Scientists have re-engineered a lifesaving antibiotic, one of the most-used antibiotics in the world, in a move that could eliminate the threat of antibiotic-resistant infections.
The antibiotic called vancomycin is used to treat a number of bacterial infections. But in a world that is desperately running out of defenses against bacterial diseases, modification of the antibiotic called vancomycin is designed to be ultra-tough and appears to be a thousand times more potent than the old version of the drug, a study published in the scientific journal Proceedings of the National Academy of Sciences (PNAS) reports.
The team of US researchers discovered a way to structurally modify vancomycin to make an already-powerful version of the antibiotic even more potent.
“Doctors could use this modified form of vancomycin without fear of resistance emerging,” the scientists said while announcing the findings last week.
One hard-to-treat infection that has been worrying doctors is vancomycin-resistant enterococci also known as VRE. For 60 years, vancomycin has been saving lives, widely prescribed for staph infections (types of germs commonly found on the skin or in the nose of even healthy individuals) and diarrhoea, among other potential killers. However, resistance begun to be reported as early as 1987.
Today, bacteria resistant to it is appearing widely, but lead researcher Professor Dale Boger of The Scripps Research Institute (TSRI) an independent, not-for-profit organisation focusing on research in the biomedical sciences, described it as “magical” for the time it has lasted, indicating that its disruption of bacterial cell wall maturation is particularly hard to overcome.
While other researchers have been chasing new antibiotics, Boger sought to breathe new life into vancomycin, making it capable of fighting bacteria in three different ways and much less likely to be dodged by bacteria.
“With these modifications, you need less of the drug to have the same effect,” Boger said in a statement.
The new study shows that scientists can make a third modification—which in a new way interferes with a bacterium’s cell wall—with promising results. For instance, combined with the previous modifications, this alteration gives vancomycin a 1,000-fold increase in activity, meaning doctors would need to use less of the antibiotic to fight infection.
Previous studies by the team showed it was possible to add two modifications to vancomycin, a drug they labelled “magical” because of its strength against infection, to make it even more potent and reduce the amount of the medicine needed to have the same effect.
Early this year, the World Health Organisation warned that antibiotic resistance is one of the biggest threats to global health. The WHO notes that antibiotics previously potent in dealing with a host of common diseases and infections are fast losing their effectiveness.
The discovery makes this version of vancomycin the first antibiotic to have three independent mechanisms of action. “This increases the durability of this antibiotic,” said Boger.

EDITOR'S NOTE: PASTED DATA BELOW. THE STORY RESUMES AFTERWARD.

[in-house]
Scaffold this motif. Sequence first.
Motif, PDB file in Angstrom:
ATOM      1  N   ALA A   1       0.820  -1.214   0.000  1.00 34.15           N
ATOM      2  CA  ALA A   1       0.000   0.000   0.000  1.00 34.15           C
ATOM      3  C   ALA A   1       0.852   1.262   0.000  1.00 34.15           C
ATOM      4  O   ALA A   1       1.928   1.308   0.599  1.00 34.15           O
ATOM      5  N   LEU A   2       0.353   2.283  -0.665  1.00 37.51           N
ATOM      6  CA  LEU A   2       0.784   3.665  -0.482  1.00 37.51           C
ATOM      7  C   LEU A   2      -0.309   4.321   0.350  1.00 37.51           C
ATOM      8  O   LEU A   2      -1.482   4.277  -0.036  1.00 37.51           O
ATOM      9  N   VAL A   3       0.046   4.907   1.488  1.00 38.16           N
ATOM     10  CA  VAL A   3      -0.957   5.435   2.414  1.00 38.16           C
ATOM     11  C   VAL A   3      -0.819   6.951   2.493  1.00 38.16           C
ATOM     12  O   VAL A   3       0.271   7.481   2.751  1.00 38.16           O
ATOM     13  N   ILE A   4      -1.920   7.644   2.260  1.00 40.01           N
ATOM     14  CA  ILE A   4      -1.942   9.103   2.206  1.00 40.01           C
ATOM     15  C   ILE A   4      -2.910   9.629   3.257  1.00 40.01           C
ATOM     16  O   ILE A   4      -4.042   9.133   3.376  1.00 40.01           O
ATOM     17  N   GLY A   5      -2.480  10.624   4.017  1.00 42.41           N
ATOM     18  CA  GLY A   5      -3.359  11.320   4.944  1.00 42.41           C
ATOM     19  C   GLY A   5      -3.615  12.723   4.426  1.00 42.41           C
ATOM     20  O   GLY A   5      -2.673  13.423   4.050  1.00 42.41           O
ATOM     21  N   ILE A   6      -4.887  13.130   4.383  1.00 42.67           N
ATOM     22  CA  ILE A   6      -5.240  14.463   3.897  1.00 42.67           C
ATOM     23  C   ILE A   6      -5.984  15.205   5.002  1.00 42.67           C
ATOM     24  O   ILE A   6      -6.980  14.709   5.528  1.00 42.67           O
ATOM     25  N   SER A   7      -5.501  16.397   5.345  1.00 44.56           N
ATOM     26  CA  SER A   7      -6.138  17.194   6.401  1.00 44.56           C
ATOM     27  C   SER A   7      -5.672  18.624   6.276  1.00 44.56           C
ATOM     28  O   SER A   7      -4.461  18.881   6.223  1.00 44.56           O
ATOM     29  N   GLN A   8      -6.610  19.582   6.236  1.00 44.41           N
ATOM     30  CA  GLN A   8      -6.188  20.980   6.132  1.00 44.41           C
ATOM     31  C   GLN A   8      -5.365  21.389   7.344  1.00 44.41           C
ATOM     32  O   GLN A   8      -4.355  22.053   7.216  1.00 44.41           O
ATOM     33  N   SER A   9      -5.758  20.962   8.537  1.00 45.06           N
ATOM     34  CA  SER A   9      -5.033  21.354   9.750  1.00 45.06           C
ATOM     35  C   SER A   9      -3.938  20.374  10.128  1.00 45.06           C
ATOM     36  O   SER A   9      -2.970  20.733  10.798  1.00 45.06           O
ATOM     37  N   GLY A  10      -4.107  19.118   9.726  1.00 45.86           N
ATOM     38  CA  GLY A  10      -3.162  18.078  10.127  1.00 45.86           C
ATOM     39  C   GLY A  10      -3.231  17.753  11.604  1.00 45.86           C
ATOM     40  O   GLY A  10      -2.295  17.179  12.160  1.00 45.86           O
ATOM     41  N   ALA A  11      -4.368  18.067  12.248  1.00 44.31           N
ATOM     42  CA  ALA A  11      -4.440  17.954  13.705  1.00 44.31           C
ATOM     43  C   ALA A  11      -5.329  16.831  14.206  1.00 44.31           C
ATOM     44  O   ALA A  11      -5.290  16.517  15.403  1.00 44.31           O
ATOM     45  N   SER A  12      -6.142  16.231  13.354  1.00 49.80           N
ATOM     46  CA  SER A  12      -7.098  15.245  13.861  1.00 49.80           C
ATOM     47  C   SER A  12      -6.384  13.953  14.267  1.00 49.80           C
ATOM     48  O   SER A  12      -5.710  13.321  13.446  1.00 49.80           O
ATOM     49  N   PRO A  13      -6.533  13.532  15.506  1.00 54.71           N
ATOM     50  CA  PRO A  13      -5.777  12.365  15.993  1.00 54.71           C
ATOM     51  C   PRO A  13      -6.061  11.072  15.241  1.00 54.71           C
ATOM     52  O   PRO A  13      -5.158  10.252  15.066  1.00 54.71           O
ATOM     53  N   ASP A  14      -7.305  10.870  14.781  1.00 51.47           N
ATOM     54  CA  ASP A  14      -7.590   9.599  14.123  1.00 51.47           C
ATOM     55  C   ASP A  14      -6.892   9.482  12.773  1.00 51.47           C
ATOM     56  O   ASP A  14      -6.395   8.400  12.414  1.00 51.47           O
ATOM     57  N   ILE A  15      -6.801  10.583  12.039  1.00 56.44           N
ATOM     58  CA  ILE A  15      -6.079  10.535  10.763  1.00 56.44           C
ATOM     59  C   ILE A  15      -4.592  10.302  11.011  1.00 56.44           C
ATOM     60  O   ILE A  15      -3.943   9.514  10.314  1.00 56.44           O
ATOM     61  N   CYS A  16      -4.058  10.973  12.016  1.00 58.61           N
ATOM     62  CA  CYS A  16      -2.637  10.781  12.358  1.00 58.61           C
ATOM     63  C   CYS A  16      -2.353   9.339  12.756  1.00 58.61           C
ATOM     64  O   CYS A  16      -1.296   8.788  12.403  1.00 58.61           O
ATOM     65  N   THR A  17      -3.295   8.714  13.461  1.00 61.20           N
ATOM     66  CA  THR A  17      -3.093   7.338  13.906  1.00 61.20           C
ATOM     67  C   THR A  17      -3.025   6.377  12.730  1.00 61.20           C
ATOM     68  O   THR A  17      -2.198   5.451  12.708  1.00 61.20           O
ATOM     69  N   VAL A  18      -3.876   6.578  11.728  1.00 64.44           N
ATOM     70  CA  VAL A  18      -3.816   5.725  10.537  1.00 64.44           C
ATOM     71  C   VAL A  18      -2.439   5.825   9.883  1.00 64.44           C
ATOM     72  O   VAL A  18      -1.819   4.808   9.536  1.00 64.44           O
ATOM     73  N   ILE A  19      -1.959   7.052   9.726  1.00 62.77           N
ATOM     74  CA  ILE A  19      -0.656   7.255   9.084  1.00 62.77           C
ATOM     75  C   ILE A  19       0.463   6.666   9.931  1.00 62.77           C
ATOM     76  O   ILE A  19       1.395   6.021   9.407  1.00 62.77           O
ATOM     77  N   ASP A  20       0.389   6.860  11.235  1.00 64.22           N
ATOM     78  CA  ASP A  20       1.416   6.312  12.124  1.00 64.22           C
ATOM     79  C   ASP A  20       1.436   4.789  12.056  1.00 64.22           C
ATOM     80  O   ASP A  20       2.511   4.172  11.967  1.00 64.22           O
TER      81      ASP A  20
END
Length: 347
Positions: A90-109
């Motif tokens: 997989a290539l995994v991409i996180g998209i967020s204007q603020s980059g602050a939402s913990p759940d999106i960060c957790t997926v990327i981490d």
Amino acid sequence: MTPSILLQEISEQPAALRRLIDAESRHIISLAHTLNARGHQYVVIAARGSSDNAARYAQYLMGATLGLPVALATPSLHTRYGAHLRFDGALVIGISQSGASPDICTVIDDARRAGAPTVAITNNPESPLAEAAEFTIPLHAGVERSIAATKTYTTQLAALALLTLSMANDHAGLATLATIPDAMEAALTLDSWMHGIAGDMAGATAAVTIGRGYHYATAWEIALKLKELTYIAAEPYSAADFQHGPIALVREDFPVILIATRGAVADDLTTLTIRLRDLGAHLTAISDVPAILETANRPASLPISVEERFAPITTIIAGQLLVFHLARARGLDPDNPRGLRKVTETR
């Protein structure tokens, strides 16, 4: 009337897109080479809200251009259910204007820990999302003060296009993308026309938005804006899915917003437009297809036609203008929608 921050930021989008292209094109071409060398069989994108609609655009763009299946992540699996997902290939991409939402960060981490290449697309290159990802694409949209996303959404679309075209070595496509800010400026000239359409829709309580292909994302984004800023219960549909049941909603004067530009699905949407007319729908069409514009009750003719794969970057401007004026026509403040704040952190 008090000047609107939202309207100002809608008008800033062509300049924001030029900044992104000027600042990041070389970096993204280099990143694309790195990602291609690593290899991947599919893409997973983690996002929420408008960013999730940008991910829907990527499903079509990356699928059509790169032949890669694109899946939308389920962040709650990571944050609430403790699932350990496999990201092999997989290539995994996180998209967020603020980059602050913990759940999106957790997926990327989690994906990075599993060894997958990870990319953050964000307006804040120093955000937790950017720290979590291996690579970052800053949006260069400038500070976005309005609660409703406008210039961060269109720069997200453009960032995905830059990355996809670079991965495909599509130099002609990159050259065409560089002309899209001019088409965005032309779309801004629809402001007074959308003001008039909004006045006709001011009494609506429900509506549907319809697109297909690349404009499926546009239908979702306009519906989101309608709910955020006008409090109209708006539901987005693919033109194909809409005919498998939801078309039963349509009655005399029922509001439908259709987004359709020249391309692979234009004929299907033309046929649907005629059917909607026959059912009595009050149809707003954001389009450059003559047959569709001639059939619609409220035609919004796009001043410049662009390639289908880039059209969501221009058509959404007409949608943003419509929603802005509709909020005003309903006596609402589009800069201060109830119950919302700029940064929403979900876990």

“Organisms just cannot simultaneously work to find a way around three independent mechanisms of action. Even if they found a solution to one of those, the organisms would still be killed by the other two.”
In a laboratory, the modified drug was able to kill samples of VRE and retained nearly full potency after 50 rounds of exposure to the bacterium. Small doses of the new drug were also shown to kill non-resistant enterococci bacteria, along with VRE.
Dale Boger explained: “We made one change to the molecule vancomycin that overcomes what is the present resistance to vancomycin, and then we added to the molecule, two small changes that built into the molecule, two additional ways in which it can kill bacteria.
So the antibiotic has three different, we call them ‘mechanisms’, by which it kills bacteria. And resistance to such an antibiotic would be very difficult to emerge. So it is a molecule designed specifically to address the emergence of resistance.”
The modified antibiotic is however yet to be tested in animals and people. Currently, it takes 30 steps to synthesize the modified product with all three tweaks included, making it prohibitively expensive for widespread use. The next step in this research therefore is to design a way to synthesize the new drug using fewer steps. Prof Nigel Brown of the Microbiology Society said: “This development could be hugely important.
“Vancomycin is an antibiotic of last resort against some serious infections. There has been great concern that resistance has been emerging.”
In a laboratory, the modified drug was able to kill samples of vancomycin-resistant enterococci also known as VRE and retained nearly full potency after 50 rounds of exposure to the bacterium. Small doses of the new drug were also shown to kill non-resistant enterococci bacteria, along with VRE